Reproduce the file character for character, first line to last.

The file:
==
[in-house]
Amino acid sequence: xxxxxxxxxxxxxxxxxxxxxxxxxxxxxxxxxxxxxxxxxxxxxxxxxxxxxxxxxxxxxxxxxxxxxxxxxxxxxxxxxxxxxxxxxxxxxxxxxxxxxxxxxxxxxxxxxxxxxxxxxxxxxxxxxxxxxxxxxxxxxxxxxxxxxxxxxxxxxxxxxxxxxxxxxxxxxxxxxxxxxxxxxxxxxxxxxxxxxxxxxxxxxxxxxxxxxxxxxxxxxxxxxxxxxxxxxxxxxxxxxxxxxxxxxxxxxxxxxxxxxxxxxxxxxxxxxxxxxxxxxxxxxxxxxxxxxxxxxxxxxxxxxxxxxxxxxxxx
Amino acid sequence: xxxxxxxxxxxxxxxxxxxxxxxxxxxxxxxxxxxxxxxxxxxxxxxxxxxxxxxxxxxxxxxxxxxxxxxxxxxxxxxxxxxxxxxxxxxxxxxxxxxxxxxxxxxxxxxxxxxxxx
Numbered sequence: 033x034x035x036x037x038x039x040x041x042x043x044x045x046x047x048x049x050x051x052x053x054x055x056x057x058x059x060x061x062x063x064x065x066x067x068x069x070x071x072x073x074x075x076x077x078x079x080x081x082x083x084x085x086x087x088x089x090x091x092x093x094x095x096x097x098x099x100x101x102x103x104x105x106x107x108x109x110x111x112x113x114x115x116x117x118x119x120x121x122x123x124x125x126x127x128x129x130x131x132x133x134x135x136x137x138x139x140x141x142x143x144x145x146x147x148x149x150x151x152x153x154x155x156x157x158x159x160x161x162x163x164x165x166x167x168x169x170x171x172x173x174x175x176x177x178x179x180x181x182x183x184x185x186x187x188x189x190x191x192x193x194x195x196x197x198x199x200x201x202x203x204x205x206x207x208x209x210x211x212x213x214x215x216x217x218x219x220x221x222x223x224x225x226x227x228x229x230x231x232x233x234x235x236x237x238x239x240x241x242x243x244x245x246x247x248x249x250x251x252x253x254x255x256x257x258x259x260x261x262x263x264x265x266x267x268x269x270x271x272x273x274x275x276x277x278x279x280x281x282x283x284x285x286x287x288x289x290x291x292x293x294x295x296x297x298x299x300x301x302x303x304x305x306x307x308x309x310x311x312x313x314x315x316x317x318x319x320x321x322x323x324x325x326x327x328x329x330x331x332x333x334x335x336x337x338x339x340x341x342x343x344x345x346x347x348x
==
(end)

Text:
[in-house]
Amino acid sequence: xxxxxxxxxxxxxxxxxxxxxxxxxxxxxxxxxxxxxxxxxxxxxxxxxxxxxxxxxxxxxxxxxxxxxxxxxxxxxxxxxxxxxxxxxxxxxxxxxxxxxxxxxxxxxxxxxxxxxxxxxxxxxxxxxxxxxxxxxxxxxxxxxxxxxxxxxxxxxxxxxxxxxxxxxxxxxxxxxxxxxxxxxxxxxxxxxxxxxxxxxxxxxxxxxxxxxxxxxxxxxxxxxxxxxxxxxxxxxxxxxxxxxxxxxxxxxxxxxxxxxxxxxxxxxxxxxxxxxxxxxxxxxxxxxxxxxxxxxxxxxxxxxxxxxxxxxxxx
Amino acid sequence: xxxxxxxxxxxxxxxxxxxxxxxxxxxxxxxxxxxxxxxxxxxxxxxxxxxxxxxxxxxxxxxxxxxxxxxxxxxxxxxxxxxxxxxxxxxxxxxxxxxxxxxxxxxxxxxxxxxxxx
Numbered sequence: 033x034x035x036x037x038x039x040x041x042x043x044x045x046x047x048x049x050x051x052x053x054x055x056x057x058x059x060x061x062x063x064x065x066x067x068x069x070x071x072x073x074x075x076x077x078x079x080x081x082x083x084x085x086x087x088x089x090x091x092x093x094x095x096x097x098x099x100x101x102x103x104x105x106x107x108x109x110x111x112x113x114x115x116x117x118x119x120x121x122x123x124x125x126x127x128x129x130x131x132x133x134x135x136x137x138x139x140x141x142x143x144x145x146x147x148x149x150x151x152x153x154x155x156x157x158x159x160x161x162x163x164x165x166x167x168x169x170x171x172x173x174x175x176x177x178x179x180x181x182x183x184x185x186x187x188x189x190x191x192x193x194x195x196x197x198x199x200x201x202x203x204x205x206x207x208x209x210x211x212x213x214x215x216x217x218x219x220x221x222x223x224x225x226x227x228x229x230x231x232x233x234x235x236x237x238x239x240x241x242x243x244x245x246x247x248x249x250x251x252x253x254x255x256x257x258x259x260x261x262x263x264x265x266x267x268x269x270x271x272x273x274x275x276x277x278x279x280x281x282x283x284x285x286x287x288x289x290x291x292x293x294x295x296x297x298x299x300x301x302x303x304x305x306x307x308x309x310x311x312x313x314x315x316x317x318x319x320x321x322x323x324x325x326x327x328x329x330x331x332x333x334x335x336x337x338x339x340x341x342x343x344x345x346x347x348x